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Since declaring for the presidency a few weeks ago, Rick Perry, the GOP Texas Tornado – a blast of hot air with a lot of destructive potential –  has been amusing those of us with a taste for political absurdities with almost every utterance. By now, almost everyone in the civilized world has heard that Perry is convinced that not only is Social Security unconstitutional, but it is actually a big government “Ponzi scheme.”  As Jonathan Bernstein observes, such an assertion means only that “Perry either doesn’t understand Social Security, doesn’t understand Ponzi schemes or is simply not telling the truth.”  

Perry may not understand what a Ponzi scheme really is, but the underlying meme – that the Social Security reserve will be exhausted before today’s young workers reach retirement – is a staple of GOP rhetoric. It rears its ugly head right away in a scheme to “reform” Social Security that Missouri Senator Roy Blunt proposed on July 12:

Blunt doesn’t talk about Ponzi schemes explicitly – maybe because, unlike Perry, he actually knows what one is. He does, however, press the case that because the ratio of those paying into the system to those drawing benefits will continue to decrease for some years (he claims, falselly,that it is a permanent situation), it will not be able to support future retirees. Blunt’s argument is that half a loaf is better than none, and that we must cut the benefits of future retirees in order to ensure that they get anything at all.  


Problem is, the story about a soon-to-be bankrupt Social Security is pure fiction:

The Social Security trustees project now that payroll taxes will fall below benefit payments in 2010 and 2011, exceed benefit payments from 2012 to 2014, and then continuously exceed benefit payments through 2015 [14]. The interest and principal from the bonds in the trust funds will help to cover the cash shortfall after 2015 through 2037 [15]. The date of final trust fund exhaustion has not changed from the trustees projections made in 2009. The program can pay on average 78 percent of its promised benefits with its tax revenue from 2037 to 2085, if nothing changes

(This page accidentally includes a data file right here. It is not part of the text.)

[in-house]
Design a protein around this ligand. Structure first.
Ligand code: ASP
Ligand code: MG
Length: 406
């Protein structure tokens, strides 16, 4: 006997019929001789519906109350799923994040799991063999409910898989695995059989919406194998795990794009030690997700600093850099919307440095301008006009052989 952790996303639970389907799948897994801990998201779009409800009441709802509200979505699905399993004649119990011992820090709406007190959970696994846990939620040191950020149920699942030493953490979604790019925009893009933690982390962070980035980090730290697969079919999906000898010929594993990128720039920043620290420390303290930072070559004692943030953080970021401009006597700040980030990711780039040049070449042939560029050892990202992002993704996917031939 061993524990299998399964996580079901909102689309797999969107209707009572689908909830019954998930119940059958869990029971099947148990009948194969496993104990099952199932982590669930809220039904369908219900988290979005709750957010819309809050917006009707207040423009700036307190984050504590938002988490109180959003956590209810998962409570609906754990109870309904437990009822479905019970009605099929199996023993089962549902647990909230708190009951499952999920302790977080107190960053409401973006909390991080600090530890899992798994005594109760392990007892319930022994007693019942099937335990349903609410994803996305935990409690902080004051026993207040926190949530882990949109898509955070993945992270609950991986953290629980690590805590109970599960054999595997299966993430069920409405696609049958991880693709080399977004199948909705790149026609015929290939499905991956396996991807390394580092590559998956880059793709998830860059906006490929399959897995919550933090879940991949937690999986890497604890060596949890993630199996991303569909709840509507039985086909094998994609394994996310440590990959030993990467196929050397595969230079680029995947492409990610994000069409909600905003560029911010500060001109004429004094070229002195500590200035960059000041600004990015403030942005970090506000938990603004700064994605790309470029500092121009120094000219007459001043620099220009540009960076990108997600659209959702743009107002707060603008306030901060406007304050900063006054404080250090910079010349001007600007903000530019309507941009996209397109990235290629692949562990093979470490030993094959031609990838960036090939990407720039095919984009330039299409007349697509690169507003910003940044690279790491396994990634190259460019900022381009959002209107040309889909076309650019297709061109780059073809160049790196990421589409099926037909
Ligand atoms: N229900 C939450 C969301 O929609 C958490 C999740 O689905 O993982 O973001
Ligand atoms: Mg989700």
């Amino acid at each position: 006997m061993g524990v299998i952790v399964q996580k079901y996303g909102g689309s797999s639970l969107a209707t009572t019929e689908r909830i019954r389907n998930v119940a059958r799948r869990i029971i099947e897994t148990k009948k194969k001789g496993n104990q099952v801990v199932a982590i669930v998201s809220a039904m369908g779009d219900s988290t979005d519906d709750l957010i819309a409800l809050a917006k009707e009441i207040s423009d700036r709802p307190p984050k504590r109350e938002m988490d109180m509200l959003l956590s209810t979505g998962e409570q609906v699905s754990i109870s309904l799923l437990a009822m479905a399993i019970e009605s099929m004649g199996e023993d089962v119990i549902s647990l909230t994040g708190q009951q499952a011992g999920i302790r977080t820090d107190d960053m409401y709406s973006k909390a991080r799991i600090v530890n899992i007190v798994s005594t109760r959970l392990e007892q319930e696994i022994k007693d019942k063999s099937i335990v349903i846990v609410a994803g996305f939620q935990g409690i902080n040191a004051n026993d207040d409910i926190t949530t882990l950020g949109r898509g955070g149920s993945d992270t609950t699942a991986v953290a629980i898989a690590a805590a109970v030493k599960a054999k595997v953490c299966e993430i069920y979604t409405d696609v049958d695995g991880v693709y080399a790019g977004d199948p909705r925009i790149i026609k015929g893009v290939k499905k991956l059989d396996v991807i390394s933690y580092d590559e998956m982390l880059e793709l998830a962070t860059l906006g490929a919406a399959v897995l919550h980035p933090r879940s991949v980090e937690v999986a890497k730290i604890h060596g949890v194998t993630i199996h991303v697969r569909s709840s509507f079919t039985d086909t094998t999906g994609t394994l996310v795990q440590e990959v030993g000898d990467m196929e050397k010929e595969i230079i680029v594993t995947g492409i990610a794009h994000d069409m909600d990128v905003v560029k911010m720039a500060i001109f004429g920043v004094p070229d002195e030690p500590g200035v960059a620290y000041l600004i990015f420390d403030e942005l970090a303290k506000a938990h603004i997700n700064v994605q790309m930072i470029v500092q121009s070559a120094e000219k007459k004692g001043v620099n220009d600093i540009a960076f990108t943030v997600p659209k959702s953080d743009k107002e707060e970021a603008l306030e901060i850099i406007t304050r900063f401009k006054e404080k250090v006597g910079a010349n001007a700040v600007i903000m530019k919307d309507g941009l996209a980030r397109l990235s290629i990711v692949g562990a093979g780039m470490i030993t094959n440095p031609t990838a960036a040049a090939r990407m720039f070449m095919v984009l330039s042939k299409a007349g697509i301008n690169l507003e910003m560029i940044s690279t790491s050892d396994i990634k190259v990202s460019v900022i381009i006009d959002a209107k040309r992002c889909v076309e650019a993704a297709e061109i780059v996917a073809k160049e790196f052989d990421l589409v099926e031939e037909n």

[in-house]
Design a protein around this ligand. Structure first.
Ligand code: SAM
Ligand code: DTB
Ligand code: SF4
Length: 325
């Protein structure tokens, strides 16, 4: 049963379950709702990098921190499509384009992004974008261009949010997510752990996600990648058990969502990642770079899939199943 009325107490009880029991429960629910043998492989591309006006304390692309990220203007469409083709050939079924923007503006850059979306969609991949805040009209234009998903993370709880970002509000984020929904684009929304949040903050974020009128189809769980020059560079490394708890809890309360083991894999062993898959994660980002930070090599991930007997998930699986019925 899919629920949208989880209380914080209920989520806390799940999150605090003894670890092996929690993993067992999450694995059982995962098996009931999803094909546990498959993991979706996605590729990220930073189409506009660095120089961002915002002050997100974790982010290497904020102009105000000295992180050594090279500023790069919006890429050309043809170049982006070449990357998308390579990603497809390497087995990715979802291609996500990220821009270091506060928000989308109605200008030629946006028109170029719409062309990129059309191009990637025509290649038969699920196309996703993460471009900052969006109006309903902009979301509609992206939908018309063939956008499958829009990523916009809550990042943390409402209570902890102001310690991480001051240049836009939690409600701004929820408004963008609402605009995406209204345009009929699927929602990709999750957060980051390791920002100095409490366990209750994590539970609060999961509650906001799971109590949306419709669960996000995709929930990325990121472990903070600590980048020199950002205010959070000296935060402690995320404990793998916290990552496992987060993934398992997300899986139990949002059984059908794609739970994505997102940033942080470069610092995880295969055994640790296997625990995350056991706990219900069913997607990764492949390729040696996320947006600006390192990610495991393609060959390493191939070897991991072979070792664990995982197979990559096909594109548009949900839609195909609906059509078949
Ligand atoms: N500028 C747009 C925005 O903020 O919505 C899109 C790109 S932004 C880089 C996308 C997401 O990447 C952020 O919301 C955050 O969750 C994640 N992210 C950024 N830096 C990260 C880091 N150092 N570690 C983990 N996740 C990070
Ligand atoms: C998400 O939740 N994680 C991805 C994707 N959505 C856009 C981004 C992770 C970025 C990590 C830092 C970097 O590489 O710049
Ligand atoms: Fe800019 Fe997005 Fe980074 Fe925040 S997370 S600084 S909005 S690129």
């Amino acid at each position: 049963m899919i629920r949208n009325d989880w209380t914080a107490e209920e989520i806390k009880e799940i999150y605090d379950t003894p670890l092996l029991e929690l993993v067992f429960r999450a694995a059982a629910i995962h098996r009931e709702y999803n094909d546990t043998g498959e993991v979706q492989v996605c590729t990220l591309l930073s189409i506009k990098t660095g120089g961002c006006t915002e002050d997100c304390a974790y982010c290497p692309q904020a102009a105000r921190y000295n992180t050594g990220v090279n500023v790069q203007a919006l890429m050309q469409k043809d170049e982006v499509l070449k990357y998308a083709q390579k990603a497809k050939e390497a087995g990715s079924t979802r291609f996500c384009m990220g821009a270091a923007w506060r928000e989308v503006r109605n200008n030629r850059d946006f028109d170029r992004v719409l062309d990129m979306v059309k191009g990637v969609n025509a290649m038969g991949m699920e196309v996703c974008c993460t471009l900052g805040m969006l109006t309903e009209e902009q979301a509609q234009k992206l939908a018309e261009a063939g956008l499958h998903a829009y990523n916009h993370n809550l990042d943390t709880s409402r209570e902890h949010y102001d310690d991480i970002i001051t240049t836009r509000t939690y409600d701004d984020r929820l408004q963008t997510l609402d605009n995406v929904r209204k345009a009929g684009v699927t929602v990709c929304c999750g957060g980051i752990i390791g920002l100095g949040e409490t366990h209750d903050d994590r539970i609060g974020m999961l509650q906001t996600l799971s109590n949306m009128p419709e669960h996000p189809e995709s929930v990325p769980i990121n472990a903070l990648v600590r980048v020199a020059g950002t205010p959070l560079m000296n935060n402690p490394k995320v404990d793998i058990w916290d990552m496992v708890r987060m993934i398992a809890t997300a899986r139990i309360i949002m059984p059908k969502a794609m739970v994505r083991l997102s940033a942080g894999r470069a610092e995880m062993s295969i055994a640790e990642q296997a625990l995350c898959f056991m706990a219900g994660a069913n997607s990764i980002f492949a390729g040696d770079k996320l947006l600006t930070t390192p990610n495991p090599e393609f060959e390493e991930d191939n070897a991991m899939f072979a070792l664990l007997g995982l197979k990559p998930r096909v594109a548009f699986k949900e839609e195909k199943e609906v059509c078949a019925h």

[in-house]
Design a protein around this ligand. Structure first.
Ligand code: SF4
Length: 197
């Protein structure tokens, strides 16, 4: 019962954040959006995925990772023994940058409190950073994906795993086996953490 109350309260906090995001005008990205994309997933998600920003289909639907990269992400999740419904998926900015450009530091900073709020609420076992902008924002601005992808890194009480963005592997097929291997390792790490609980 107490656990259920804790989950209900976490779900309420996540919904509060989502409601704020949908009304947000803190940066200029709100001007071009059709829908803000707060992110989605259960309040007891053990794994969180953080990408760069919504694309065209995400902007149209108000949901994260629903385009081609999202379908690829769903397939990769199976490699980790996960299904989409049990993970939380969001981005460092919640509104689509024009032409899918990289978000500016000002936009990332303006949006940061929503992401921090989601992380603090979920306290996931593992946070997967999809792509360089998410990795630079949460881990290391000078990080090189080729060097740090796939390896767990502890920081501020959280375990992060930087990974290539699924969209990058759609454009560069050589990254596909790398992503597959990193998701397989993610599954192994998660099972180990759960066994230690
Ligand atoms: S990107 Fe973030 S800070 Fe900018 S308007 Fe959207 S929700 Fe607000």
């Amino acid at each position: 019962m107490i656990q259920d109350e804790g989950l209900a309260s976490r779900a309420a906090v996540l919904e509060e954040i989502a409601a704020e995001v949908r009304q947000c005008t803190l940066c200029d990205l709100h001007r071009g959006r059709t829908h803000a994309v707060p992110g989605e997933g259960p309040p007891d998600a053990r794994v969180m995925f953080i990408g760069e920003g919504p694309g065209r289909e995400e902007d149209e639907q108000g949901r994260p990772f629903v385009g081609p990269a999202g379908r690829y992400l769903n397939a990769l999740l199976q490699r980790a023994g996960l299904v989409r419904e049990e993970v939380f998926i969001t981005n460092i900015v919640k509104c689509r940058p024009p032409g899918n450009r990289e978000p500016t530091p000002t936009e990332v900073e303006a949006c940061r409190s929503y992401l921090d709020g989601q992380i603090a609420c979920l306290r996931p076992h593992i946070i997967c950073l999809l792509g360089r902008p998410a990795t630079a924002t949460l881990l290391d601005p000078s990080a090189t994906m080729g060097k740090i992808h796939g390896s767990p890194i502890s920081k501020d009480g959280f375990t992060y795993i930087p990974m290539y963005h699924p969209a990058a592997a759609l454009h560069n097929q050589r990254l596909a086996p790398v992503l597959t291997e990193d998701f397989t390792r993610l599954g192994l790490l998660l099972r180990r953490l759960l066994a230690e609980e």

Let’s see – twenty four years down the road Social Security will have to pay out somewhat less to beneficiaries if nothing is done. So why is Blunt claiming that we have to cut future retirees’ benefits when that will happen automatically if we do nothing? And he’s not even telling the whole story about the damage he wants to do. He’s also proposing to calculate cost of living adjustments (colas) according to a chained CPI index that will cost current retirees at least $18,000 in benefits – although he explicitly claims that his proposal will not touch anyone 55 or older. Wonder why he wants to hide that particular fact? You think maybe he wants to be reelected? Or is he just blindly glomming onto the chained CPI index that happens to be popular among the GOP political set right now.

We can actually avoid the unappealing but far from dire benefit cuts predicted for 2035 very easily. Along with cutting benefits via chained CPI and raising the retirement age, Blunt proposes means testing. However, there would be little or no need to cut benefits if the cap on income subject to Social Security taxes were to be lifted in accord with any of several scenarios that have been put forward.  Instead of means testing, which weakens Social Security, make it stronger and let the wealthy pay their fair share – which, currently, is not the case:

The cap also means that higher-income individuals pay a smaller share of their income in Social Security taxes than middle-class employees. Including the employee and employer shares of Social Security and Medicare taxes, earners in the middle fifth of the income distribution pay an average effective payroll tax of about 11 percent. In contrast, the top 1 percent of earners pay just 1.5 percent on average.

At any rate, it doesn’t sound like today’s 20 and 30 year old workers really need to worry about whether or not Social Security will be there for them – as long as politicians like Roy Blunt keep their hands off the program. Nevertheless, a 2010 Gallup poll showed that 76% of Americans between 18 and 34 do not believe that they will receive Social Security benefits when they retire.

Their misapprehension is not really surprising. Listen to Blunt spin the story about how Social Security will be all gone if we don’t hand the program over to folks like him to fix, folks who, like Rick Perry, think it’s unconstitutional, or, more likely in Blunt’s case, an affront to the sensibilities of their Wall Street cronies, and it’s easy to understand why young Americans are so skeptical about the future of their benefits. Since George Bush opened the war on Social Security with his call to privatization in 2005, we have been bombarded with talk of the coming Social Security crisis. Even Democrats like Claire McCaskill are glad to join in the chorus. In such circumstances, who wouldn’t believe that Social Security will soon be moribund?

Unfortunately, this particular story is not only false, but intellectually corrupt. Speaking of Perry’s Ponzi scheme allegation, Bernstein concludes that:

In my view, saying that Social Security is a deliberate fraud – a Ponzi scheme – is about as irresponsible as truther or birther conspiracy thinking.

As far as I’m concerned, misleading rhetoric and outright falsehoods about the status of Social Security is just as irresponsible – even without the simple-minded insinuation that it’s a conscious fraud – and ultimately far more pernicious.

Addenda:  Here’s what Ezra Klein has to say about Social Security vs. Ponzi schemes. Note that the only thing they have in common is GOP politicians who persist in erroneously comparing them.